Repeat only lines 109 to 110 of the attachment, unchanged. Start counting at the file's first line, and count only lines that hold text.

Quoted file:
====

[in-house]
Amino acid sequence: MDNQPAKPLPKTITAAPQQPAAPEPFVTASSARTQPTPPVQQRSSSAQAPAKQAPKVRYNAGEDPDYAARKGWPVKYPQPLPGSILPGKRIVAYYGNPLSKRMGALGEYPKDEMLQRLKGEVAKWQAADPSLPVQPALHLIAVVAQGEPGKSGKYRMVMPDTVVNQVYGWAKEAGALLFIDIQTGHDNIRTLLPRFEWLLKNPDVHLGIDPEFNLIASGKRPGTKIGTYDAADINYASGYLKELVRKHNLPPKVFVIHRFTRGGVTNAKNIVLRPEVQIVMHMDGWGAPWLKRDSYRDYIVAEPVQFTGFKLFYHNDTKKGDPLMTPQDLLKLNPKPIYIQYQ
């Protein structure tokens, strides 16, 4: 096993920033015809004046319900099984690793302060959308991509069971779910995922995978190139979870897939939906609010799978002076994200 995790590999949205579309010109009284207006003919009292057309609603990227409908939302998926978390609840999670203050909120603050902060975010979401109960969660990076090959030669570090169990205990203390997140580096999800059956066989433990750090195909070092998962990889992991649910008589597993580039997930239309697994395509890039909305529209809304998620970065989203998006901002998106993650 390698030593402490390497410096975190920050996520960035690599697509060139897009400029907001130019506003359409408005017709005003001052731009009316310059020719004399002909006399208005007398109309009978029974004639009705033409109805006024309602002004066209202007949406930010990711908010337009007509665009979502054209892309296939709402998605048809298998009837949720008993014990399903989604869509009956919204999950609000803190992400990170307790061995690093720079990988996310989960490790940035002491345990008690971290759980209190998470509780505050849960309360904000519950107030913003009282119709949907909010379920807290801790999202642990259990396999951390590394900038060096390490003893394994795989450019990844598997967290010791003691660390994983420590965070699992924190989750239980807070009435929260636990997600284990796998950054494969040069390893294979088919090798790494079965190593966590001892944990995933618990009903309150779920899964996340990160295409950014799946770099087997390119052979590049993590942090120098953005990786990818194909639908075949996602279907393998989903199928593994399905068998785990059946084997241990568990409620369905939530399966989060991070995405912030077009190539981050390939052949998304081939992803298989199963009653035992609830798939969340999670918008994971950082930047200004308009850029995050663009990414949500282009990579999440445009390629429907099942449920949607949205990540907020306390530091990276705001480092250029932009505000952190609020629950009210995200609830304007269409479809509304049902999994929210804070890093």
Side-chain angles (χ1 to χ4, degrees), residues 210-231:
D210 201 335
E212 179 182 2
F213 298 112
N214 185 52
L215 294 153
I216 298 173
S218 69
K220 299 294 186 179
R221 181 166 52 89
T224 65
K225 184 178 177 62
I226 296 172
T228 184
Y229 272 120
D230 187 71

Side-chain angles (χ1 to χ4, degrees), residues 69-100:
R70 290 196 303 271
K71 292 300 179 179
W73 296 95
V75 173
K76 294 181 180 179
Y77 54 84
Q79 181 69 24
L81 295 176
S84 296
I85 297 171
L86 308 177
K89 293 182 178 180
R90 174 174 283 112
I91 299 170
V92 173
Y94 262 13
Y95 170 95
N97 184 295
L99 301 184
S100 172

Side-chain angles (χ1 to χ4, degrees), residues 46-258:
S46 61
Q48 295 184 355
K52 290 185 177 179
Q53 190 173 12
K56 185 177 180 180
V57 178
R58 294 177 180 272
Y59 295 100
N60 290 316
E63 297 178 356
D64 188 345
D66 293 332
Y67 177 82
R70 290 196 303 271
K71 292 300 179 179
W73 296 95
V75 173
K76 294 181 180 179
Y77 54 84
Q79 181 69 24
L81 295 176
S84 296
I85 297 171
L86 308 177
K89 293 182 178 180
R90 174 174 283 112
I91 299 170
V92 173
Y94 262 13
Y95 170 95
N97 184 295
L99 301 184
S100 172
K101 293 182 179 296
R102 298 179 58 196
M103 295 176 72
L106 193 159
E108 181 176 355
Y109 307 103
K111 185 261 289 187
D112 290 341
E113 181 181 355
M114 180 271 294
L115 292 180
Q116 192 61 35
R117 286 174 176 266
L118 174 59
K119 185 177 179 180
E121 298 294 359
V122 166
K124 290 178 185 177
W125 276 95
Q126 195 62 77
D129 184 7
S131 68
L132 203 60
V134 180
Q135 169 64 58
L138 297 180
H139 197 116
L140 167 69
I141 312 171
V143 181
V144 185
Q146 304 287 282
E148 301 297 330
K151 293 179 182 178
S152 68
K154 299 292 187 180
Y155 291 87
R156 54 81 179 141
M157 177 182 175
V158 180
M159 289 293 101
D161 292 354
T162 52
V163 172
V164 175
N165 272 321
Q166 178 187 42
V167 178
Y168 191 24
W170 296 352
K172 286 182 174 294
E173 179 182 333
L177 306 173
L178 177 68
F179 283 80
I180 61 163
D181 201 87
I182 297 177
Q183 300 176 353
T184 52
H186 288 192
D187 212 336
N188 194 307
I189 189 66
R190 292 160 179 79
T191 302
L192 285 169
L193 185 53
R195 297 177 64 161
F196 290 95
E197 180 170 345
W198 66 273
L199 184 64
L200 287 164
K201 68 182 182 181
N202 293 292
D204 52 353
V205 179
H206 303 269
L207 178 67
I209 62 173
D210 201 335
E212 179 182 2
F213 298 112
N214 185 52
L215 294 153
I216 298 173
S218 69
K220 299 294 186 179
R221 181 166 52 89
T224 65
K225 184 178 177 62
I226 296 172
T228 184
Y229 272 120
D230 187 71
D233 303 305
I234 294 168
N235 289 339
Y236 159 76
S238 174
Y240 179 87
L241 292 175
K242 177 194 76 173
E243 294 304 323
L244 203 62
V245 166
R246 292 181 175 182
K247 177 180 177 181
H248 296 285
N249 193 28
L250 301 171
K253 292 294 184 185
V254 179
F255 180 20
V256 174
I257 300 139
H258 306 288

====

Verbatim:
S152 68
K154 299 292 187 180